Dive #1: The Soviet Architect of Starvation
Dive #2: Massacre at Katyn Forrest
Dive #4: The Slavic Demon of Evil Fate
TLDR: 100 years ago today, there was a massive battle between union coal miners, mercenaries and the army.
I'm sure that most people reading this are aware of the struggle of organized labor at the turn of the century. Workers had shitty conditions, low pay and were generally sick of making pennies on the dollar compared to the fat cats. One group of workers harshly affected by this were the miners of West Virginia. A series of injustices brought them to war, creating the largest armed uprising since the Civil War.
The thing that sucked for these miners is that a lot of them lived in company towns. In these towns, they would get paid by the company in "scrips", which was made up currency that was only accepted in company town stores, instead of money. Their living conditions were garbage, the mines were not safe, and the companies would send in private armies to harass them at any mention of unionization. What was worse about the company town life was that if the company decided to fire you, that meant that you would also get evicted from your home. In 1920 over 3,000 miners in Mingo County, WV joined the United Mine Workers and were immediately fired. The coal companies sent detective agency(which at the time were basically private armies of mercenaries that worked for big companies) company to the coal town of Matewan to evict them.
In May of '20, the mercs started evicting people, starting with a woman and her children. The townspeople saw this and got enraged, sending for the police chief Sid Hatfield and deputized miners. They stopped the scumbags before they could leave the town and tried to place them under arrest. They, in turn, said that they had a warrant for Hatfield arrest. The town mayor showed up and told the mercs that their warrant was bullshit, and a massive gunfight erupted. When the smoke cleared, 7 mercs were dead along with the mayor and 3 other men from the town. Among the merc dead were Albert and Lee Felts, who were brothers of the co-founder of the detective(merc) agency Baldwin-Felts. This was later known as the Matewan Massacre.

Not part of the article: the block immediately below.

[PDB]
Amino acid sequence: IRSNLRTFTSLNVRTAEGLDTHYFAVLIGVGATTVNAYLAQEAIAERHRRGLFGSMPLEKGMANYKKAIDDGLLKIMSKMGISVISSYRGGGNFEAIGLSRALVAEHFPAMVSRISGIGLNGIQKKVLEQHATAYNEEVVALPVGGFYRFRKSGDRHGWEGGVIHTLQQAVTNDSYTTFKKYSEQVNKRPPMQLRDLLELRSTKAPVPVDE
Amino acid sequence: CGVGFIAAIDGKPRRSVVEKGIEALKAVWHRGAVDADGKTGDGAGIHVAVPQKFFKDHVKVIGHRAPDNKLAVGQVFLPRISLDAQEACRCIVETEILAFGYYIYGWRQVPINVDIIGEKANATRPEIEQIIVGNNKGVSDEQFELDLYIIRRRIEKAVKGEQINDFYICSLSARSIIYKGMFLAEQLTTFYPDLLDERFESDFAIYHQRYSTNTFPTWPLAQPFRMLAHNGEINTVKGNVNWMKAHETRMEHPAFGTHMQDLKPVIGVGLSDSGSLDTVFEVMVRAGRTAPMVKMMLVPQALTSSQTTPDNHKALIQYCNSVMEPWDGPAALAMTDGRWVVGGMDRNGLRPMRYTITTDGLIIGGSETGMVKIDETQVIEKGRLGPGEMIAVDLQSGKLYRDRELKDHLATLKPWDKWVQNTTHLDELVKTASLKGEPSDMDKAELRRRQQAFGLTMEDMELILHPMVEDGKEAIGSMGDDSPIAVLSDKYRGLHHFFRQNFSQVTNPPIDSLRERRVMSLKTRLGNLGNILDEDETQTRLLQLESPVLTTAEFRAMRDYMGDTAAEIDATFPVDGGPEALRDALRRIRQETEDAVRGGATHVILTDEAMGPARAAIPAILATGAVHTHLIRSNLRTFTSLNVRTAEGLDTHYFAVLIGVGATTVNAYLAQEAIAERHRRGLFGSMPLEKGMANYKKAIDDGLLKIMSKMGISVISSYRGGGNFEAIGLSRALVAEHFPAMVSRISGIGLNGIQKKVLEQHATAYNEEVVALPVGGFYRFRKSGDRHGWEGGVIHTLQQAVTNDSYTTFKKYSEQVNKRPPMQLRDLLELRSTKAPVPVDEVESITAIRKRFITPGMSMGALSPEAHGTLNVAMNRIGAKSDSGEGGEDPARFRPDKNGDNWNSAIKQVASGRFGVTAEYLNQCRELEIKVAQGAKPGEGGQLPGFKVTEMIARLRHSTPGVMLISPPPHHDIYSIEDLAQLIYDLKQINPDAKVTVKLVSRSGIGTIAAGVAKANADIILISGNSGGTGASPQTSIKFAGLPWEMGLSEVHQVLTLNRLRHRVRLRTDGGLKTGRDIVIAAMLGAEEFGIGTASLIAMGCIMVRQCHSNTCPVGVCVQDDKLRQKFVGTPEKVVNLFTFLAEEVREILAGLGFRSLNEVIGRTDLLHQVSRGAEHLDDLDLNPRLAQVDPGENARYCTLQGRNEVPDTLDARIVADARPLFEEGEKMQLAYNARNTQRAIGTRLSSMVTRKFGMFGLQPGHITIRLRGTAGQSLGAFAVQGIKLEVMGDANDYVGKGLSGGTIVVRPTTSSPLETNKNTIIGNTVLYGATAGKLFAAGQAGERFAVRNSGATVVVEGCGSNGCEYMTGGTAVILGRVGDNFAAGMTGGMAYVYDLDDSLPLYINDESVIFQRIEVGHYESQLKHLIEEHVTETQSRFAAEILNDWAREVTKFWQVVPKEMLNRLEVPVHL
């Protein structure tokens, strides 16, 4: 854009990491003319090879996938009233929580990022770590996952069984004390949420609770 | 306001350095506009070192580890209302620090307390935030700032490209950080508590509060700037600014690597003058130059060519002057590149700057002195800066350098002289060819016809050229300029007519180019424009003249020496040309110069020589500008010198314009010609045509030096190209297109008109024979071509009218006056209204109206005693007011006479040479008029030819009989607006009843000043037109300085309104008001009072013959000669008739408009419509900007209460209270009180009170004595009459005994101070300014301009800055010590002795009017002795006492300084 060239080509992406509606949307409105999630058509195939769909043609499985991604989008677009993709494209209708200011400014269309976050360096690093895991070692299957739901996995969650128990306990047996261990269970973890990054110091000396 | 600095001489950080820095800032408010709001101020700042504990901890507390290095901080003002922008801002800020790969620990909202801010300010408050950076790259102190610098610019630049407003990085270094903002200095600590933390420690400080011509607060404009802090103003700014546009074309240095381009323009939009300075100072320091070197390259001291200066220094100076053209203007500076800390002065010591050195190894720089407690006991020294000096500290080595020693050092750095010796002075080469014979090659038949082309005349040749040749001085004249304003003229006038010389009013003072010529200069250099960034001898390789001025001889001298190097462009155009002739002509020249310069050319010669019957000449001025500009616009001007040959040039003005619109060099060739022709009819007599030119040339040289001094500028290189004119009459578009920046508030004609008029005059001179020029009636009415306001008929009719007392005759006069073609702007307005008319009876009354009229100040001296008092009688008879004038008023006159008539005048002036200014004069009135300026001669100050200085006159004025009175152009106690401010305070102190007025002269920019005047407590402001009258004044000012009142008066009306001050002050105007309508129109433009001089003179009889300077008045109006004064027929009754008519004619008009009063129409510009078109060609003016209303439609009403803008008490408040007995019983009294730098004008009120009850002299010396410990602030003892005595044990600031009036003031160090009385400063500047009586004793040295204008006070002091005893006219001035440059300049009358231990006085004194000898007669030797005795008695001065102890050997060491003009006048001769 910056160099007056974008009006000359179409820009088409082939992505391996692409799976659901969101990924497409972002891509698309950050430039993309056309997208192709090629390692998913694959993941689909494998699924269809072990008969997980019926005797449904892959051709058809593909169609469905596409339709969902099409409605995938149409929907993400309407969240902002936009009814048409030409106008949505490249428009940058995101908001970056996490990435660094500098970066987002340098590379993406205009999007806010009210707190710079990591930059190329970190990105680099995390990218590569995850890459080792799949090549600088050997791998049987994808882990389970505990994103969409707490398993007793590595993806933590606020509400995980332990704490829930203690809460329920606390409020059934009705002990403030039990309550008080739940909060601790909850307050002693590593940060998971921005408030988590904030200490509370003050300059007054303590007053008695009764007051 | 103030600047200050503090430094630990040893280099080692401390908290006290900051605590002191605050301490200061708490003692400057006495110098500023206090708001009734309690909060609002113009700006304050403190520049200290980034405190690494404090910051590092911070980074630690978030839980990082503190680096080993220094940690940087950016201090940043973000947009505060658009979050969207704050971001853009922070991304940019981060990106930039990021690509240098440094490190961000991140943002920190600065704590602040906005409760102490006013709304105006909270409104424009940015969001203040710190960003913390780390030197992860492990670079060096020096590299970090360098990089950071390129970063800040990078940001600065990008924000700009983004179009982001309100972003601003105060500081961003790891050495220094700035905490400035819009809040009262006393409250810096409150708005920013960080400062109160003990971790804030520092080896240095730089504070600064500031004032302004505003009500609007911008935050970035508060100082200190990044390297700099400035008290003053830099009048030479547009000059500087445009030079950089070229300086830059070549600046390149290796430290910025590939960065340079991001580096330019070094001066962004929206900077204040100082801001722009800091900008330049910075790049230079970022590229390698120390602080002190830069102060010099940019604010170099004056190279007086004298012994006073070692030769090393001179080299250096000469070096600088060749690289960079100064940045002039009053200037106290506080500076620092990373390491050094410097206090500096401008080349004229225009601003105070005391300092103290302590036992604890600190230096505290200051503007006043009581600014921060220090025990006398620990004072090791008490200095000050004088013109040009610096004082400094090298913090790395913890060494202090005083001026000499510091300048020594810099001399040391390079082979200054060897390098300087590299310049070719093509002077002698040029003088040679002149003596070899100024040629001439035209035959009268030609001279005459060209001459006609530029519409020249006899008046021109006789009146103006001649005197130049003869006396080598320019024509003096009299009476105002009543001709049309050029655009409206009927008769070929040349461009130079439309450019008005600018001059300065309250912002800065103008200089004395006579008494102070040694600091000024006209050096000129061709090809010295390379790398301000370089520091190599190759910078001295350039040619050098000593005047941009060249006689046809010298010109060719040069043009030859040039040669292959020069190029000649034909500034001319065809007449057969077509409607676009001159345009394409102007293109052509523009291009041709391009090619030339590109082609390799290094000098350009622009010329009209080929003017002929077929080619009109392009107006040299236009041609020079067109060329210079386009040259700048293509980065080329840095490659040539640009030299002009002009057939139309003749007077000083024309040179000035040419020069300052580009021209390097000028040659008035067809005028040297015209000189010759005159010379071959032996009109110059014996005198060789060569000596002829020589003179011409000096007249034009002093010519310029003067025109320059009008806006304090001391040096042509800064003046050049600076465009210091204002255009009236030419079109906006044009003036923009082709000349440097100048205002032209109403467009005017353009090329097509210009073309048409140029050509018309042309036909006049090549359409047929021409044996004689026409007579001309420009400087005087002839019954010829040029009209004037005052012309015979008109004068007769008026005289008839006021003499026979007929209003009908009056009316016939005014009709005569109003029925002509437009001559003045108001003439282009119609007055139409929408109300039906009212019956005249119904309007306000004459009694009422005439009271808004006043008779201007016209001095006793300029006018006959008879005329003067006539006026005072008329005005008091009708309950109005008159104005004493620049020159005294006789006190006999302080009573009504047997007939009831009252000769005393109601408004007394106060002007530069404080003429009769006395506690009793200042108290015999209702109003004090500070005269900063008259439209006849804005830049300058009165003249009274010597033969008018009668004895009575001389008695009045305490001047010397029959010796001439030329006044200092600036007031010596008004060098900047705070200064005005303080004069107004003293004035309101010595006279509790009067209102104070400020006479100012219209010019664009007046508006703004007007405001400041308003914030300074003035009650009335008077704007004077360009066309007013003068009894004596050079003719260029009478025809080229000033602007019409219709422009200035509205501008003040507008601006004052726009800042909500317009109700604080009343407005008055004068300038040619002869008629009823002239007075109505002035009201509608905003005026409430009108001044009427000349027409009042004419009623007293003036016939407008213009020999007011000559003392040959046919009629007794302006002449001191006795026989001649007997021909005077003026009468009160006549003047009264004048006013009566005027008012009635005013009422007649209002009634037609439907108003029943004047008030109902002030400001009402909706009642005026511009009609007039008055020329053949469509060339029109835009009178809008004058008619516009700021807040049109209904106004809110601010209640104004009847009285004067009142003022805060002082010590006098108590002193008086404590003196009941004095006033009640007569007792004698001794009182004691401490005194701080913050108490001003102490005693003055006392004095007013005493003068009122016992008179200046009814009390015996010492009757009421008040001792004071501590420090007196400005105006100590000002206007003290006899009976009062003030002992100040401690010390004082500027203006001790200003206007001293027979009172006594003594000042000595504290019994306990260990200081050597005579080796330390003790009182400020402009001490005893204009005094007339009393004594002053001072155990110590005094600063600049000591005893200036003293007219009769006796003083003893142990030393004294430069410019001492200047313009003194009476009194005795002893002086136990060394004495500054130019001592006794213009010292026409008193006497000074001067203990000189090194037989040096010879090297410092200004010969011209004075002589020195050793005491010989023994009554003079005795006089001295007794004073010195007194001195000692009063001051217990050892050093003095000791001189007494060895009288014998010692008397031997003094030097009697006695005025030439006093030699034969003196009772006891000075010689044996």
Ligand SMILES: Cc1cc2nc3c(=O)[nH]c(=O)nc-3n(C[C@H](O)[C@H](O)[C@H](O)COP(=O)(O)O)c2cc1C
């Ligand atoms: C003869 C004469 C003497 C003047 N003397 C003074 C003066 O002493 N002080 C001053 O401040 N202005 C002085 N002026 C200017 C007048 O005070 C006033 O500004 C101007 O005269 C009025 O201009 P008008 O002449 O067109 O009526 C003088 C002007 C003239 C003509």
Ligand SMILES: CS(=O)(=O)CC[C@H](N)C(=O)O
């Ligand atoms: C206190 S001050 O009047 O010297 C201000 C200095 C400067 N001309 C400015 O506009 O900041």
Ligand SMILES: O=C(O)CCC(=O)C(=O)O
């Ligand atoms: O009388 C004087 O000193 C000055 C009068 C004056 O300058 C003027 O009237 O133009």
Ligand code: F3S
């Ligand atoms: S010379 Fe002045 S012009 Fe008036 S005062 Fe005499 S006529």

Hatfield became kinda like the William Wallace to the coal miners Scots at this point. He was put on trial in '21 for the death of the mercs and garnered a ton of attention to the union's cause in the process. The union was still struggling, though, as the companies had re-opened the closed mines with imported labor and yellow-dog contracts(thats where a striker agrees to quit the union in order to save their employment status). The union miners responded by attacking non-union mines to the point that martial law was declared. During this time, Hatfield was put on trial again. While walking up the steps of the courthouse, he was ambushed by mercs and shot dead.
This sent the miners into a frenzy. They started arming themselves and securing territory with plans to march on to Mingo county and end martial law.
(path of the miners)
The Miners gathered around 13,000 men and began their journey. They hijacked a freight train in the process, using it to transport marchers to gathering points. In the meantime, the Logan county Sheriff Don Chafin began putting together his own heavily-armed private army with the backing of the coal companies. He ended up with over 2,000 men to do battle with. On August 29th 1921, they met in battle on the slopes of Blair Mountain.
The mercs had the high ground and had better equipment, and killed a decent amount of miners. They even hired private planes and rained homemade poison and high explosive bombs on them. Both sides were losing troops, and thats when the army arrived on the scene. Many of the miners were WW1 veterans, and they refused to fight the troops since their beef wasn't with the government. This reluctance ended the fighting, with the Miners heading home the next day. In the aftermath, nearly 1000 miners were arrested and indicted for murder, conspiracy and accessory to murder, and treason. Many ended up sentenced, but the last miner was paroled by 1925.
The defeat hurt the United Mine Workers pretty badly. Their membership dropped by 80% and they lost ground in PA and KY as well. While the effort exposed the terrible conditions the miners lived in, it wasn't until the New Deal in '33 that organized labor took a larger leap forward in protecting workers rights and living conditions.
Despite this loss, the battle had a very lasting impact for both organized labor and the people of Appalachia. To this day, it is still a rallying cry for the people of the region, and a testement to the toughness of Appalachians on a whole. One of the other lasting legacies was how this class struggle essentially created diversity in the ranks of the miners. In Matewan, black and white children would go to school together. At one point, black and white miners held a mine cafeteria hostage with the demand that they be able to eat together. The shared poorness and shitty conditions were basically an equalizer and created a common cause.
Respect to all you Appalachians out there, who I rank among the toughest of all Americans.